Mesothelioma survivor Diana Saunders works out at her local YMCA for at least an hour most days, stretching, walking, lifting and sweating.
She travels, dances and laughs. She adores her boyfriend, who is 20 years her junior.
“I certainly don’t sit around feeling sorry for myself. I’m still enjoying life as best as I can,” she said from her home in Cincinnati. “I don’t want to seem boisterous or too brazen, but I’m not going to look back one day saying I coulda, woulda, shoulda done things differently. I’ll do it my way.”
Saunders, 76, concedes nothing to this dreaded disease now, still living life on her terms.
She weighs 128 pounds — only 15 more than she did 55 years ago when she lived in London, where she grew up with seven siblings.
A life filled with adventure hasn’t changed her much. She aged remarkably well.
“Someone said, ‘when are you going to start acting like a real grandmother?’ My answer was never,” she said with a laugh. “I’m not going to be an old grey-haired lady, sitting in a rocking chair feeling sorry for myself. I’ll probably end up dying of something other than mesothelioma before then.”
After one week, she was gone from the hospital. She left New York the next week with daughter Rowena on an Amtrak train back to Cincinnati, never looking back.
Saunders declined follow-up chemotherapy and radiation treatments because of potentially debilitating side effects. She undergoes regular scans every three months in Cincinnati to check for any recurrence.
“I hope I’m not tempting fate here, like opening an umbrella indoors and getting bad luck, but I feel good right now,” she said. “I can’t do the same volume of exercise I once could — maybe 80 percent now — but you deal with it.”
Saunders stays busy at home, often cooking for guests. She eats right, exercises regularly, and stays surprisingly positive for someone with such an awful disease.
“It is what it is. I can’t do anything about it now, so I take it one day at a time,” she said. “My body didn’t make this cancer. It was something I breathed in that made it. That’s a big difference to me, and the way I approach this.”
Mesothelioma is a rare and aggressive disease caused by inhalation of toxic asbestos fibers.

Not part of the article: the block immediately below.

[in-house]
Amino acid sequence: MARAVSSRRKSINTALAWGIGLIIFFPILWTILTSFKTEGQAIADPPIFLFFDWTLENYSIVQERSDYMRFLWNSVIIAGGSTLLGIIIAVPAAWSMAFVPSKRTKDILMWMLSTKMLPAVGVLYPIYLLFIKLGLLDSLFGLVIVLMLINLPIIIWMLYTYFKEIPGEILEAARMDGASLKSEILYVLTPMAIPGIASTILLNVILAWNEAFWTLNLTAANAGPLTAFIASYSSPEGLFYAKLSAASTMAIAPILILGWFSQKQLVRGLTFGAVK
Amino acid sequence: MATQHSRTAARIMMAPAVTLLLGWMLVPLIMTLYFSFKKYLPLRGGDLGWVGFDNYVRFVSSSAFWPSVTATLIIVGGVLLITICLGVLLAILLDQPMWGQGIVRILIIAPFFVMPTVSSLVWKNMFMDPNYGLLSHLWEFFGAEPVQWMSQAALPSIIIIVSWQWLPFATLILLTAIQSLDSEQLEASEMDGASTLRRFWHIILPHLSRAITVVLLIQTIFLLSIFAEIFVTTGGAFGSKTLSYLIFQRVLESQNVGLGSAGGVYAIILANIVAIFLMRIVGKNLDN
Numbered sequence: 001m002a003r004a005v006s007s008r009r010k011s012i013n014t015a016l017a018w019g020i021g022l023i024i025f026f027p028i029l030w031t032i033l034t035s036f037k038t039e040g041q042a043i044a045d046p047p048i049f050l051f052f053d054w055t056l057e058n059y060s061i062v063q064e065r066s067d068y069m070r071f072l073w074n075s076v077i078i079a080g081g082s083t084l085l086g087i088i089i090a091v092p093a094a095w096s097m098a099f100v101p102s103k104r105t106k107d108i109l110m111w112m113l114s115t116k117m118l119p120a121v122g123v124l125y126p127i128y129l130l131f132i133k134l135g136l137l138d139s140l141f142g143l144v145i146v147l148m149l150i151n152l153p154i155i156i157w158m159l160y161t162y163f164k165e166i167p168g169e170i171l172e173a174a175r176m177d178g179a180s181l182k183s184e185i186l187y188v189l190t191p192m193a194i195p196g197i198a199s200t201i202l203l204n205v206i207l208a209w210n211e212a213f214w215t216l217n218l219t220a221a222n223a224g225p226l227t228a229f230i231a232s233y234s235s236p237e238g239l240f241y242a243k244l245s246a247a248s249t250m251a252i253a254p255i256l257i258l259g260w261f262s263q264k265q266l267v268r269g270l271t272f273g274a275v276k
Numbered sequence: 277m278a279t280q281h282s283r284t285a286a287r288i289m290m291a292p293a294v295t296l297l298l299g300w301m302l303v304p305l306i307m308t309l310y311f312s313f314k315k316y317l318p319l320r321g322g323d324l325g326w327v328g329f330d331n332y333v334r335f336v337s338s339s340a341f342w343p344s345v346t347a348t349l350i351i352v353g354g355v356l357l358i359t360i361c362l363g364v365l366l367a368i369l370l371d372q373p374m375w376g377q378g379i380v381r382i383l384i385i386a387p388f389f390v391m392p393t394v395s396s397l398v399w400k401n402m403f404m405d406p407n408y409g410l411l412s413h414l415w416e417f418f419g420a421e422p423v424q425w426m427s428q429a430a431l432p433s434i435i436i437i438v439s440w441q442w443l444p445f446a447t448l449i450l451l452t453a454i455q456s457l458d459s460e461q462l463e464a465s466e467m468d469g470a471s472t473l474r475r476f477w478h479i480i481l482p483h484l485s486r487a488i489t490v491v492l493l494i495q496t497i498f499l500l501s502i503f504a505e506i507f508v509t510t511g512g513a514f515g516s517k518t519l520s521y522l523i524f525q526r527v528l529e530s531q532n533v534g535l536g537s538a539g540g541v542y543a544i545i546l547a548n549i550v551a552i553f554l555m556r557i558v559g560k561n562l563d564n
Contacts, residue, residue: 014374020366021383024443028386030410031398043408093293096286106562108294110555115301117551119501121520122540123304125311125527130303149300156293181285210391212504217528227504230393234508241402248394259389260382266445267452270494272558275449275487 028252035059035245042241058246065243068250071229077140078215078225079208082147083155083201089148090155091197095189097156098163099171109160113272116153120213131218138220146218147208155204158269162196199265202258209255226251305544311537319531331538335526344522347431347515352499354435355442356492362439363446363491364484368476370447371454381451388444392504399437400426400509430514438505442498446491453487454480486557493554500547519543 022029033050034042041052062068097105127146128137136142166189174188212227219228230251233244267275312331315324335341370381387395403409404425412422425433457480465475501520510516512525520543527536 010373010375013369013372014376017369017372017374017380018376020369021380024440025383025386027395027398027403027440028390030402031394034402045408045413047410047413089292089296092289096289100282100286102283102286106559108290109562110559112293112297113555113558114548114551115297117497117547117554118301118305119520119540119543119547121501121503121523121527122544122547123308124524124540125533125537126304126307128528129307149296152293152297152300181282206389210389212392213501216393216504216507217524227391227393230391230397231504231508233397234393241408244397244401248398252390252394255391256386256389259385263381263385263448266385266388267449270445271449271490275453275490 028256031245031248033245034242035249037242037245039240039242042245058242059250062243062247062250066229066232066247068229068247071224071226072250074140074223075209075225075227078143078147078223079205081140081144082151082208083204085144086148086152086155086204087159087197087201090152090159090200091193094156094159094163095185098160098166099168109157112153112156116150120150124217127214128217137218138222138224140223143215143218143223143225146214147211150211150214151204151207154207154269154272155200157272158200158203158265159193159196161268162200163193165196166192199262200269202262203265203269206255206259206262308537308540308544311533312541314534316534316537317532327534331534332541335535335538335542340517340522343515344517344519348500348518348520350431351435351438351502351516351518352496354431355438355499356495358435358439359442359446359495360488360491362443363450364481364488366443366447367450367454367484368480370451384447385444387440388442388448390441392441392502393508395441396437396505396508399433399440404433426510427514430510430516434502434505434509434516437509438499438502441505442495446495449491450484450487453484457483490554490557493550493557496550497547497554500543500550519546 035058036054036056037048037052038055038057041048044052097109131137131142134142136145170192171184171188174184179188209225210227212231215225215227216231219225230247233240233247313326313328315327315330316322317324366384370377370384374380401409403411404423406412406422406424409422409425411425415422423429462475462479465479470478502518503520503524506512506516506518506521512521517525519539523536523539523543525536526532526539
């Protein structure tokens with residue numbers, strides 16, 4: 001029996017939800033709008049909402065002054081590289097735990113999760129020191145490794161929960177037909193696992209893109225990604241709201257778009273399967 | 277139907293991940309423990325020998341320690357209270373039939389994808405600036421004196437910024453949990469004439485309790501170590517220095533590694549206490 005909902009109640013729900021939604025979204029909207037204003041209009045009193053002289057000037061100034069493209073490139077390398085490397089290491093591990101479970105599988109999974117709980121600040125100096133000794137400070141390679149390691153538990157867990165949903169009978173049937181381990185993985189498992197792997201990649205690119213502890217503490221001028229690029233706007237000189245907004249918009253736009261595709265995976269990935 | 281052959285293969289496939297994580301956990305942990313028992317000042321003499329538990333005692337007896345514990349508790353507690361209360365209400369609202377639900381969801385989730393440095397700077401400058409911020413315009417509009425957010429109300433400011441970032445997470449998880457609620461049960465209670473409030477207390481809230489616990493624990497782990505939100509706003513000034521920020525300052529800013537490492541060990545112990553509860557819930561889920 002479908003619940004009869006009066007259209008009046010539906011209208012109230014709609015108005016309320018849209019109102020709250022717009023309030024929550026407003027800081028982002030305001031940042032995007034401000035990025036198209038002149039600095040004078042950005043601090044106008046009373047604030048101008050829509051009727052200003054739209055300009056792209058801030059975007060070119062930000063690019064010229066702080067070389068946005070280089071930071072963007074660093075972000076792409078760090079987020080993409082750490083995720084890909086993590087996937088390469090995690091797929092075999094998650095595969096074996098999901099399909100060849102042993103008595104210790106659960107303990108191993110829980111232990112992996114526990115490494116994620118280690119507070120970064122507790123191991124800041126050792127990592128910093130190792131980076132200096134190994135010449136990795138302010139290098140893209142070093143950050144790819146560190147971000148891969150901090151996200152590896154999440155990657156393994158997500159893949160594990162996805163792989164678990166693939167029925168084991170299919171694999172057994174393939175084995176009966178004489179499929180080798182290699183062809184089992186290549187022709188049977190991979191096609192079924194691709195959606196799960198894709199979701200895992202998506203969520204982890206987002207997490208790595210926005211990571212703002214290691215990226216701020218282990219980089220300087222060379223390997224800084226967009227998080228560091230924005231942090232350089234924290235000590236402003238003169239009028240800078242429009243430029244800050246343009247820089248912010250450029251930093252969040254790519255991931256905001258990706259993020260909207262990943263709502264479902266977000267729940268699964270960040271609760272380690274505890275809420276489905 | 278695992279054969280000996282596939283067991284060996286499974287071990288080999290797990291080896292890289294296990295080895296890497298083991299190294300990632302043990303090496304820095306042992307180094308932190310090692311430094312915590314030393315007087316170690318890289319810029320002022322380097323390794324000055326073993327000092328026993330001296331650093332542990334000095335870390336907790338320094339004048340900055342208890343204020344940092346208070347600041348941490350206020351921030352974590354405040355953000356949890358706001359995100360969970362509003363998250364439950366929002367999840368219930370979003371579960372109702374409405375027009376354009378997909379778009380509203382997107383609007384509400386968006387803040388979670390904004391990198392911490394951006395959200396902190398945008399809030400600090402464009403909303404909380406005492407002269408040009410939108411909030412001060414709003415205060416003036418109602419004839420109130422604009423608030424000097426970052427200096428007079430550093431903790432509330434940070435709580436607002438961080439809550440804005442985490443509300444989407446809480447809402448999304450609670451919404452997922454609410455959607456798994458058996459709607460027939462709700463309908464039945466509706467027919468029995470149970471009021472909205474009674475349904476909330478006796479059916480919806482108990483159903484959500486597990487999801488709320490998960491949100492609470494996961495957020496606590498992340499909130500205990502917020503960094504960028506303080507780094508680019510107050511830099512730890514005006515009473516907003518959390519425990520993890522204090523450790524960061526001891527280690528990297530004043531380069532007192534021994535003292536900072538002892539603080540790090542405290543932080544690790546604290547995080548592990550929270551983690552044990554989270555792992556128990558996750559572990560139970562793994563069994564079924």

Like many mesothelioma survivors, the original diagnosis stunned Saunders. She worked for more than 20 years as a flight attendant for a major airline, traveling the world and satisfying her sense of adventure.
She survived a major heart attack in 2010 — requiring double bypass surgery — and was back to flying months later.
Saunders later developed malakoplakia, a rare inflammatory infection that almost killed her, forcing her retirement.
It can take decades after initial asbestos exposure for mesothelioma to develop.
Saunders believes her cancer stems from working in a General Motors automobile plant in London 50 years ago. She worked in the office, but she rode home most days with her husband, who worked in the factory and died a decade ago.
“When I was first told what I had, it was like getting shot in the stomach,” she said. “I called my daughter and told her if the window was open — and I was on the 19th floor at the time — I would have jumped out. That’s how I felt.”
The doctor, who knew Saunders for many years, started to cry when he delivered the diagnosis. She steadied him.
She later grew frustrated by the lack of reliable information she could find about this rare cancer. So many questions went unanswered. Doctors and nurses, who rarely deal with this disease, couldn’t help.
Fortunately, Saunders found Dr. Snehal Smart at The Mesothelioma Center.
Before surgery, Smart directed her to a second opinion in Boston. She set up Saunders with a mesothelioma mentor — a survivor who lived with the disease for several years before becoming an advisor.
It changed her outlook completely.
“Having a mentor was the most important thing that has happened for me,” Saunders said. “This [mesothelioma] was frightening at first. You’re given a death sentence, but then no one to turn to. You don’t know what’s normal, how you’re supposed to feel at each step. Doctors should take a class on this type of thing.”
Originally against surgery, Saunders talked at length with her daughter, her son and Smart about options. They reminded her about her grandchildren.
Saunders’ medium, a psychic who she’s known for years, helped release much of the tension.
“Some people think it’s crap, or witchcraft, but if you have one, and believe in him, it can really help your mental state,” she said. “You don’t think about living and dying. I don’t really go to church, and I’m not pushing anything, but it’s right for me.”
Saunders wants to help other mesothelioma patients the way her mentor helped her. She believes helping others is why she survived the heart attack.
“I was dead when they worked on me. It happened at the airport between flights,” she said. “For some reason, I’ve been asked to take this journey. I’m happy to help anyone who is going through this. I don’t want anyone to have to feel as helpless as I did. It’s why I’m here.”
Saunders remains as comfortable in an aircraft today as most people are in an automobile. She grew up at boarding school and lived on her own at age 19 in the Canary Islands.
She has a trip planned to Greece with her son and recently traveled to Egypt. She took her two grandkids to her timeshare condo in Mexico and believes there is plenty of living left to do.
“Those first few days [after the diagnosis] were absolutely putrid. It was like losing your job, and a real blow to the ego,” she said. “But then you get over it, and move on. And you look forward to tomorrow.”